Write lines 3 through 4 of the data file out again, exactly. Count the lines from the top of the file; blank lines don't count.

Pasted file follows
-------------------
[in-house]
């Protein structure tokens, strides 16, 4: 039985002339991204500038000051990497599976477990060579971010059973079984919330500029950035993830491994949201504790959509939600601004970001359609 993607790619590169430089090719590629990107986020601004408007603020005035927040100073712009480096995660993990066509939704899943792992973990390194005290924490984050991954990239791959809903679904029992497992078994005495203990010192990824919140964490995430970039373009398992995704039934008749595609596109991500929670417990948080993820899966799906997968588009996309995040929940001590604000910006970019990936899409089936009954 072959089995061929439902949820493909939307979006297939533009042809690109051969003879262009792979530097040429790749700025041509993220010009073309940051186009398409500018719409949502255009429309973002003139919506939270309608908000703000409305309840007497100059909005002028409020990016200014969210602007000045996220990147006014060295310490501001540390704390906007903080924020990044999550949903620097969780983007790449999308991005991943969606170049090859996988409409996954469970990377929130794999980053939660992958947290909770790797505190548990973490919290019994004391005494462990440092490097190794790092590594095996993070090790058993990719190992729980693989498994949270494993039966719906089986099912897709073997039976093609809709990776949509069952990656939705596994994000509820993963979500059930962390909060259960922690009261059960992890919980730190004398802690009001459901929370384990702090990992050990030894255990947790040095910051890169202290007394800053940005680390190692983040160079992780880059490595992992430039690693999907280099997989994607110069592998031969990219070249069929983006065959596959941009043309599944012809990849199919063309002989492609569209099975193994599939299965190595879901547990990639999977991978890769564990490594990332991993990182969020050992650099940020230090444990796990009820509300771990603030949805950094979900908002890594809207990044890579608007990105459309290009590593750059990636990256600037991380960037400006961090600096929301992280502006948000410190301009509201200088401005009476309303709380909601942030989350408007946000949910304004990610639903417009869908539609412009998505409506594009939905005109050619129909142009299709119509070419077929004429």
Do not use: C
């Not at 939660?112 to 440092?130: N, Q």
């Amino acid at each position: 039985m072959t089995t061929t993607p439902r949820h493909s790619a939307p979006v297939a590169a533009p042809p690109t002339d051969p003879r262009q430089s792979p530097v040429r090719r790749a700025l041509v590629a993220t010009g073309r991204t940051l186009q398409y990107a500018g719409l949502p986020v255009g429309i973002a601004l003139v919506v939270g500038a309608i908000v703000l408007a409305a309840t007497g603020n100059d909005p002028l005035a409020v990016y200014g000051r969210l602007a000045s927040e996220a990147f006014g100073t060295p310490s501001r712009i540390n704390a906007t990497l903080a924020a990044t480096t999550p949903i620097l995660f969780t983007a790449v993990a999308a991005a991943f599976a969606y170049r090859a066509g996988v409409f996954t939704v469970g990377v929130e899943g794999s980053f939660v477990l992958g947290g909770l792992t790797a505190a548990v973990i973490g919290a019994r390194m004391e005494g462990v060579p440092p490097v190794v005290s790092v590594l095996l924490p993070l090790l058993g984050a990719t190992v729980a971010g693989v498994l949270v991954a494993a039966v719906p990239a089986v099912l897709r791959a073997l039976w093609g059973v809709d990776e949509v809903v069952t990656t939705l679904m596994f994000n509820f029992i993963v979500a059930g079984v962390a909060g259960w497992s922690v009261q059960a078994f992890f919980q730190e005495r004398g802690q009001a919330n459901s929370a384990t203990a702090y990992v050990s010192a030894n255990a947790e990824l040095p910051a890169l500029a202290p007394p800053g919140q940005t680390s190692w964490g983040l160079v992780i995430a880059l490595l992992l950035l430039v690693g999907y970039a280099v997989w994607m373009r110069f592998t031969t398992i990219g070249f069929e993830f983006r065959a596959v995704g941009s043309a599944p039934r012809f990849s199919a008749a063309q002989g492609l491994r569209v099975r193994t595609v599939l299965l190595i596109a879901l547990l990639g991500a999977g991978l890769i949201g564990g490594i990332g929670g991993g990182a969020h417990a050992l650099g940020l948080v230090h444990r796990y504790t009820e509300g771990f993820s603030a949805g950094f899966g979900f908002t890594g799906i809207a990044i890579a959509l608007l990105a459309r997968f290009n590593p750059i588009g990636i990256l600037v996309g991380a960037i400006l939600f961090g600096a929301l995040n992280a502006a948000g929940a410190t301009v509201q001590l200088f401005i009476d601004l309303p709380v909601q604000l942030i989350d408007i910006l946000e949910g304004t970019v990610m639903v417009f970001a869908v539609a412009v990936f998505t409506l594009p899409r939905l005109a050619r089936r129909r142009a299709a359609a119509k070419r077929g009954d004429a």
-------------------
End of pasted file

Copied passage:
Do not use: C
């Not at 939660?112 to 440092?130: N, Q």